10. A method as recited in claim 8 in which the holes are shaped as cylindrical or conical voids in the sample surface with the voids having circular or elliptical cross-sections.
11. A method as recited in claim 8 in which the array of holes or mesas includes a first series of holes or mesas and a second series of holes or mesas in which the first series and second series differ size, pitch or phase of the mesas or holes.
12. A method for optically inspecting a sample, the method comprising:
illuminating the sample with a probe beam;
measuring the diffraction resulting from the interaction of the probe beam and the sample;
defining a model of the sample, the model including at least one line having a width defined to vary over the length of the line;
evaluating the model in three dimensions to predict the diffraction resulting from the interaction of the probe beam and the sample; and
adjusting and reevaluating the model to minimize the difference between the predicted and measured data.
13. A method as recited in claim 12 in which the line width is defined in terms of one or more periodic functions.
14. A method as recited in claim 13 in which the periodic functions differ in amplitude, frequency or phase.
15. An apparatus for evaluating a wafer having one or more lines formed on the surface thereof comprising:
a light source for generating a probe beam;
a detector for detecting light from the probe beam diffracted from the wafer and generating measurement signals; and
a processor for comparing the measurement signals to theoretical data, said theoretical data being generated using a model of the sample, said model including a representation of a line having edge roughness, said representation being based on a series of overlapping three-dimensional geometrical features.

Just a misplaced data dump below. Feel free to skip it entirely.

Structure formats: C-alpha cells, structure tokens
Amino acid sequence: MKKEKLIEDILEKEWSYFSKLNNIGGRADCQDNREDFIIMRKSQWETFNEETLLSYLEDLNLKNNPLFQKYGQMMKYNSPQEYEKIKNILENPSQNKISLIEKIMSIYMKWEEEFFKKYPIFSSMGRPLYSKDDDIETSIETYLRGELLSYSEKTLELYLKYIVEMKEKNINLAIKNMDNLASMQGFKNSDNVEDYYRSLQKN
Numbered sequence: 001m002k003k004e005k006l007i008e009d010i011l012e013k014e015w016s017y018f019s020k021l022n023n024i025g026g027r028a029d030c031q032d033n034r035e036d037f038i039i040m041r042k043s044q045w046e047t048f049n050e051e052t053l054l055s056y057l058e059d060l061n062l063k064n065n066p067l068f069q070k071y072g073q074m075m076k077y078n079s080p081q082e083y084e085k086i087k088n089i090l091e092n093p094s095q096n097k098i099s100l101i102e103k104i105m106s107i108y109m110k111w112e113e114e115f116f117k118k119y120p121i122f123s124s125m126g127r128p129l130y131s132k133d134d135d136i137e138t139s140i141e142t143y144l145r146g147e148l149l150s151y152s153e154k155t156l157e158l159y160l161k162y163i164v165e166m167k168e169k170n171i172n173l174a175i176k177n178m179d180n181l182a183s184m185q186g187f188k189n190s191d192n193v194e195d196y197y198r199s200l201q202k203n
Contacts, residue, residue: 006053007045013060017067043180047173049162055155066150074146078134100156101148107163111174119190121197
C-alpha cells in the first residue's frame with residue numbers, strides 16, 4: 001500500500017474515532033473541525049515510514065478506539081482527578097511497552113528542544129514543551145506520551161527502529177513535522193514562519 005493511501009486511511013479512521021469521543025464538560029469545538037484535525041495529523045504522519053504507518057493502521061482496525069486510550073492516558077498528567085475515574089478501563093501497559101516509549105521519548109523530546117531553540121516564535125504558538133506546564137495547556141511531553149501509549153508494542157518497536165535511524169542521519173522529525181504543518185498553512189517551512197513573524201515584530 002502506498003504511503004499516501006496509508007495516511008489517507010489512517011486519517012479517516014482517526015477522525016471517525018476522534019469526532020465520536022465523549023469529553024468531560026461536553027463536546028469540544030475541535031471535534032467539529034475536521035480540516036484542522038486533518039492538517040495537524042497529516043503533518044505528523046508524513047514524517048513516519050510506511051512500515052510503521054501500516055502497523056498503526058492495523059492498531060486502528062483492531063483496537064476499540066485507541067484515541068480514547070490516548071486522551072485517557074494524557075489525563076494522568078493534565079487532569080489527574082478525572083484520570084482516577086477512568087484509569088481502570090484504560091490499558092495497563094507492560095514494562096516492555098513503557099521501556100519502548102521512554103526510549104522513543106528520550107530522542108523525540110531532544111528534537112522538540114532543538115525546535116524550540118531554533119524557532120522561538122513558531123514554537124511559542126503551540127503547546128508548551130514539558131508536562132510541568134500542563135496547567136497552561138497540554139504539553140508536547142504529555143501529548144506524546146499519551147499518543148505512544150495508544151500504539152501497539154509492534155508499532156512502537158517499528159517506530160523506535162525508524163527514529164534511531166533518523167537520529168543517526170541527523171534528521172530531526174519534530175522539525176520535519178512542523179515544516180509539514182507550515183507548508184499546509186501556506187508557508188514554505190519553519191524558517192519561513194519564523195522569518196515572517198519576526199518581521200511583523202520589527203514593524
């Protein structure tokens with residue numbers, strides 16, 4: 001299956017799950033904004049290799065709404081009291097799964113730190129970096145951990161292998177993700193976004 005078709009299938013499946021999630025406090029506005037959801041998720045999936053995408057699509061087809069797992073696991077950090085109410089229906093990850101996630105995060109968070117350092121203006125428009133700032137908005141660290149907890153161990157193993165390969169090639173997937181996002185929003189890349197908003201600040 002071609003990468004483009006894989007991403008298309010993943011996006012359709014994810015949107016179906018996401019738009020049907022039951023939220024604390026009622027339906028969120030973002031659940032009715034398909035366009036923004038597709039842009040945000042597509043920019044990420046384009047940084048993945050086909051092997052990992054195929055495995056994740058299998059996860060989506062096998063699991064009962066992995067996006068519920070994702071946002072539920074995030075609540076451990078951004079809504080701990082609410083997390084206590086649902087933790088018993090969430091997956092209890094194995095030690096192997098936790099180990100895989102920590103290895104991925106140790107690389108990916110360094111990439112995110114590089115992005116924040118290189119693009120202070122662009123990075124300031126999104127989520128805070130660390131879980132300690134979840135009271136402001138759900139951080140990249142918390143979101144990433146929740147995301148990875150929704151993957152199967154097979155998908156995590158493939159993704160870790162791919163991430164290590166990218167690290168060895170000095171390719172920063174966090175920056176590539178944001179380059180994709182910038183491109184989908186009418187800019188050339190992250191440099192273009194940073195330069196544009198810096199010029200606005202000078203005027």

16. An apparatus as recited in claim 15 wherein the measurement signals are compared to a data base of theoretical data generated using a parametized model.
17. An apparatus as recited in claim 15 wherein said processor iteratively adjusts the model so that the differences between the theoretical data and the measurement signals are minimized.
18. An apparatus as recited in claim 15 wherein said light source is broadband and the detection means generates measurement signals as a function of wavelength.
19. An apparatus as recited in claim 18 wherein the apparatus includes a spectrometer.
20. An apparatus as recited in claim 18 wherein the apparatus includes an ellipsometer.
21. An apparatus as recited in claim 15 in which the three-dimensional features represent mesas on the surface of the wafer.
22. An apparatus as recited in claim 21 in which the mesas are shaped as cylindrical or conical projections from the sample surface with the projections having circular or elliptical cross-sections.
21. An apparatus as recited in claim 15 in which the three-dimensional features represent holes in the surface of the sample.
22. An apparatus as recited in claim 21 in which the holes are shaped as cylindrical or conical voids in the sample surface with the voids having circular or elliptical cross-sections.
23. An apparatus for evaluating a wafer having one or more lines formed on the surface thereof comprising:
a light source for generating a probe beam;
a detector for detecting light from the probe beam diffracted from the wafer and generating measurement signals; and
a processor for comparing the measurement signals to theoretical data, said theoretical data being generated using a model of the sample, said model including a representation of a line having edge roughness, said representation being based on a line having a width which varies over the length thereof and being defined by a superposition of periodic functions.
Description
PRIORITY CLAIM

[0001] The present application claims priority to U.S. Provisional Patent Application Ser. No. 60/459,046, filed Mar. 31, 2003, the disclosure of which is incorporated in this document by reference.